New Zealand Tourism – A New Path Required
What will the New Zealand Tourism Industry look like come Spring 2020?
Following the COVID-19 epidemic that is presently shutting down country after country, there has been no shortage of pundits and media commentators forecasting doom for the industry. Many of these commentators may be right about much of what will happen.
After all most airlines have reduced flights by 90% or more, with many of those on the verge of bankruptcy. As an example, the New Zealand government has tossed Air New Zealand a financial lifeline, but even with that, the airline is forecasting that it will be a domestic airline only, for quite some time. Thousands of staff are likely to be made redundant.
Most forecasts I have read do not anticipate a robust return to this country of overseas travellers before 2021 at the earliest, and more likely 2022 and beyond. Critical to this return will be a relaxation of border controls, which are only likely with an international rollout of a vaccine for the virus.
The New Zealand Tourism industry is primarily made up of thousands of small to medium-sized, often family-owned and operated, businesses. Many of these, plus no doubt some of the higher-profile iconic attractions, will not survive for this length of time. Whether they will reopen sometime in the future, remains to be seen, though I feel sure others will open in their place.
One thing that I have found a little disturbing is the almost gloating tone used by some commentators over the industries demise. Yes, the current tourism industry did have its problems; there is no denying that.
These problems I think centre around three main issues.
- Relatively low wages
- Environmental Impact
- A feeling among some communities, (and to be fair, some of my friends), that the country is overrun with tourists.
It is fair to say that many jobs in the tourism or hospitality industries are not high paying. However, often the people doing these jobs are young and mobile. The jobs are seasonal, and while you can work hard, they can also be fun. There has always been a place for these types of semi-temporary vocations. As a business owner, we might lament the transitory nature of our workforce, but the jobs we provide fulfil a role. How many of us had no idea what we wanted to do and tried all sorts of things before settling on a career path?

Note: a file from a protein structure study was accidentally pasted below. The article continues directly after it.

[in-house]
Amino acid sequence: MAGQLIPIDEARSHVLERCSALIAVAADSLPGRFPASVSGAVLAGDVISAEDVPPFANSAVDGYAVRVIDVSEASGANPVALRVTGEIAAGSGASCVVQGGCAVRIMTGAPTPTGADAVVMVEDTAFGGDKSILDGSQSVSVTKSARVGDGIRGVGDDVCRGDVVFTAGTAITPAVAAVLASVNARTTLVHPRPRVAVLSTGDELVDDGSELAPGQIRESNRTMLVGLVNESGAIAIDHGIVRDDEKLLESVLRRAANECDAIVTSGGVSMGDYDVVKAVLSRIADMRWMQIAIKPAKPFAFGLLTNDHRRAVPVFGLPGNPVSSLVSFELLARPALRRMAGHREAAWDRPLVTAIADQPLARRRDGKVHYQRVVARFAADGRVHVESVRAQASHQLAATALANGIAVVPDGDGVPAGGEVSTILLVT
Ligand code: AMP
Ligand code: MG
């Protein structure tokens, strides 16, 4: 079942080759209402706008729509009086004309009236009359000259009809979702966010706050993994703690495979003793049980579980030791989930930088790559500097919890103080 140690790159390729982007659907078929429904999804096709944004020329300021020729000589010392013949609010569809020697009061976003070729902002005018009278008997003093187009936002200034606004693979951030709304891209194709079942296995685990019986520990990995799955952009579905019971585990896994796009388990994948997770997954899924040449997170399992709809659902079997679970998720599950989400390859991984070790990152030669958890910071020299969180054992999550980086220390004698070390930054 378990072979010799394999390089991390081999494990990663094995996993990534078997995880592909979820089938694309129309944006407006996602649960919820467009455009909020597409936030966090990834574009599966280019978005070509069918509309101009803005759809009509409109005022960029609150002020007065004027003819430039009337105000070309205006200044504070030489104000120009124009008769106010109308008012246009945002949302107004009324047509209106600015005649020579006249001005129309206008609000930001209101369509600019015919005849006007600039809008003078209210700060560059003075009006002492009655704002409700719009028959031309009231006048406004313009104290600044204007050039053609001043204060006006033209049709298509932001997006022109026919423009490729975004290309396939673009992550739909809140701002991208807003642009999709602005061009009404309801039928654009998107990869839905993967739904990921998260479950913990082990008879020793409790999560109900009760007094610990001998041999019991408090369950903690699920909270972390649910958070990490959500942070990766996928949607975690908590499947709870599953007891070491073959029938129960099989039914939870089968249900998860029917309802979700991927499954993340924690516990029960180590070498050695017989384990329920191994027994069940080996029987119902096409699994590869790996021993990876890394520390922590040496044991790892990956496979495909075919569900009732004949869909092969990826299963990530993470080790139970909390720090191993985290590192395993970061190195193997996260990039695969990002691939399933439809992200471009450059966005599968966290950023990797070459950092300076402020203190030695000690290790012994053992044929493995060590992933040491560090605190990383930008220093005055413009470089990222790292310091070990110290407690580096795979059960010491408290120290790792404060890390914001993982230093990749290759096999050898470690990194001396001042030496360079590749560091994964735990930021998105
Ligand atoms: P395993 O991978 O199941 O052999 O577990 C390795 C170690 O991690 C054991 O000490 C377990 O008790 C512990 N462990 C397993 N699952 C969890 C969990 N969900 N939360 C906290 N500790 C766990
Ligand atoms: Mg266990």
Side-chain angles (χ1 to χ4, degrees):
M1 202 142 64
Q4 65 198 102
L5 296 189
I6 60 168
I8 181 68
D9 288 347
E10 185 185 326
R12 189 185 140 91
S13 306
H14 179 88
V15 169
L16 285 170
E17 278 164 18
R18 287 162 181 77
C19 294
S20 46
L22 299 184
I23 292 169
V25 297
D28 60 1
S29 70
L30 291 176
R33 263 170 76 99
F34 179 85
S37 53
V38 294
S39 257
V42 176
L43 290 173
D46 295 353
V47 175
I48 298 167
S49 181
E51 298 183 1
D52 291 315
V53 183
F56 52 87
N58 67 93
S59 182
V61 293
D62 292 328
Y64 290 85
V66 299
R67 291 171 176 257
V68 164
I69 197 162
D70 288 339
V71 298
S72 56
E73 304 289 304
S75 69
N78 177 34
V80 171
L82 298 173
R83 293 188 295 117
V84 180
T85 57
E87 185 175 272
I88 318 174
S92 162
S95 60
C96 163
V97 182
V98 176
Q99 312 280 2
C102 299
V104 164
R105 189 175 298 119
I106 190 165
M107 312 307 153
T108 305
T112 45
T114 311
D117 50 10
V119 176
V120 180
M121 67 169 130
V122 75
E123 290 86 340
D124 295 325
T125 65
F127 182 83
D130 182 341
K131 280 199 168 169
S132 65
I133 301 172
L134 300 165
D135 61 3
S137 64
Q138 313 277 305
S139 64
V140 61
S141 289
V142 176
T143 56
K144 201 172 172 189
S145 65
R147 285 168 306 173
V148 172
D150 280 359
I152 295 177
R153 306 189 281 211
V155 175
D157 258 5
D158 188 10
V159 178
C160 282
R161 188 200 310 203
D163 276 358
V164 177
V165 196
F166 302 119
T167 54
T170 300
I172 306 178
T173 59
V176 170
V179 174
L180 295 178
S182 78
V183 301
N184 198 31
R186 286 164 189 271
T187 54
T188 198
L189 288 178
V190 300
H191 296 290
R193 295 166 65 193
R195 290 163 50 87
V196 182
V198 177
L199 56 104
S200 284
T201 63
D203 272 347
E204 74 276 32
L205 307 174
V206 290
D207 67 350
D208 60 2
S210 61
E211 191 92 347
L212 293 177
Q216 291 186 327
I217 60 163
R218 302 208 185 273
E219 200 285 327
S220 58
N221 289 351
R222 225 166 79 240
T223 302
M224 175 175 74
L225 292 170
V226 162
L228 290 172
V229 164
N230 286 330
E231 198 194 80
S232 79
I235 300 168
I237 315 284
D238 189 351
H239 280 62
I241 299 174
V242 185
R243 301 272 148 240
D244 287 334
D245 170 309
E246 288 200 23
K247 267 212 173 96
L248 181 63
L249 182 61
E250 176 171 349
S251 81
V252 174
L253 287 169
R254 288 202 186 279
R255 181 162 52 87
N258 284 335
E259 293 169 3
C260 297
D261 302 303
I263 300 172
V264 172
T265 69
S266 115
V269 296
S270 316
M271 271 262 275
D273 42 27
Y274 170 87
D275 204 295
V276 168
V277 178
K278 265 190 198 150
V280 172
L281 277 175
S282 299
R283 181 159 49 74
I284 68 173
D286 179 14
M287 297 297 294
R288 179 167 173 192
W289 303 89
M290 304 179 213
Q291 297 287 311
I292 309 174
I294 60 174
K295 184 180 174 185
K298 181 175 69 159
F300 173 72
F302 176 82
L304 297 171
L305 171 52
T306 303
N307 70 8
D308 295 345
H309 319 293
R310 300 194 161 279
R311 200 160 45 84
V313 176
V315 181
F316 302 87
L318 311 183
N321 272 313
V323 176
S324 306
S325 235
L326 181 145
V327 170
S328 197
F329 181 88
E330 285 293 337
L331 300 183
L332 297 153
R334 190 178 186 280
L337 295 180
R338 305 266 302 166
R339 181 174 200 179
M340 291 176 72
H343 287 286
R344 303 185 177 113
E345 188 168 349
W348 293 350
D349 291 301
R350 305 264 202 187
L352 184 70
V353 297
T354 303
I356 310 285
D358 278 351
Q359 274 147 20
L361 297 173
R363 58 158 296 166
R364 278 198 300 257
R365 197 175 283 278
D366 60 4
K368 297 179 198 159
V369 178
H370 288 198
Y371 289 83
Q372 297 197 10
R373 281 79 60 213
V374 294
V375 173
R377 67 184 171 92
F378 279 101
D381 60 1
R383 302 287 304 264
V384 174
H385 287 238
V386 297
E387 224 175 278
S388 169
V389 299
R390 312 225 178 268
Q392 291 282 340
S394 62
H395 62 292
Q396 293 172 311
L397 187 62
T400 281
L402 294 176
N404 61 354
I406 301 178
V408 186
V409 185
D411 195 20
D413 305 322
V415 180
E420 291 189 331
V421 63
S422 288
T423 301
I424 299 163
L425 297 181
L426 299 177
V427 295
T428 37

Tourism is also an industry that does not have huge profit margins (I should know having been involved for 34 years). Prices would have to increase to pay higher wages.
In a nutshell, while desirable that wages are higher, it is not a problem with a simple solution.
If this were an exam, then the tourism industries report would come back with only an average mark and the comment, “Needs to do better”. Over the last few years, several sustainable type initiatives have been rolled out by various tourism-related agencies and associations. Other than the feel-good factor and as an aspirational goal, they have achieved little, though to be fair, some individual operators and companies have achieved a great deal, especially in the field of conservation.
Meanwhile, airlines and cruise ship companies still sit outside any international agreement to control their CO2 emissions, and at best pay lip service with some carbon offsetting.
One of River Valley’s conservation efforts is to regularly service the stoat traps along the Rangitikei River
Were We Overrun With Tourists?
With the explosion in the number of people travelling, many places were at risk of being “loved” to death: too many people, too much development, both of which harm what made those places so special, to begin with. Some locals felt that they were being forced away from places they considered their birthright. Unfortunately, while it has been talked about for at least a couple of decades, we still did not have a great regional spread of travellers, meaning tourist traffic was always concentrated in a few choke points.
Again, the industry’s mark is “Need to do better”.
Where To From Here?
It is not only individual tourism businesses that are having to reappraise what happens from here. The industry as a whole also needs to indulge in an in-depth reappraisal. I would not welcome a simple return to what was essentially mass tourism. Collectively we can use this opportunity to redesign what the industry should look like.
An industry that recognises and looks after its host communities – the locals, a sector that pays more than pay lip service to sustainability goals, an industry that pays its workers well.
What a once in a lifetime opportunity, we presently have to make significant changes. Announcements today (the 9th April) that both the government and the private sector are starting these conversations is good news.
Let’s get the discussion rolling.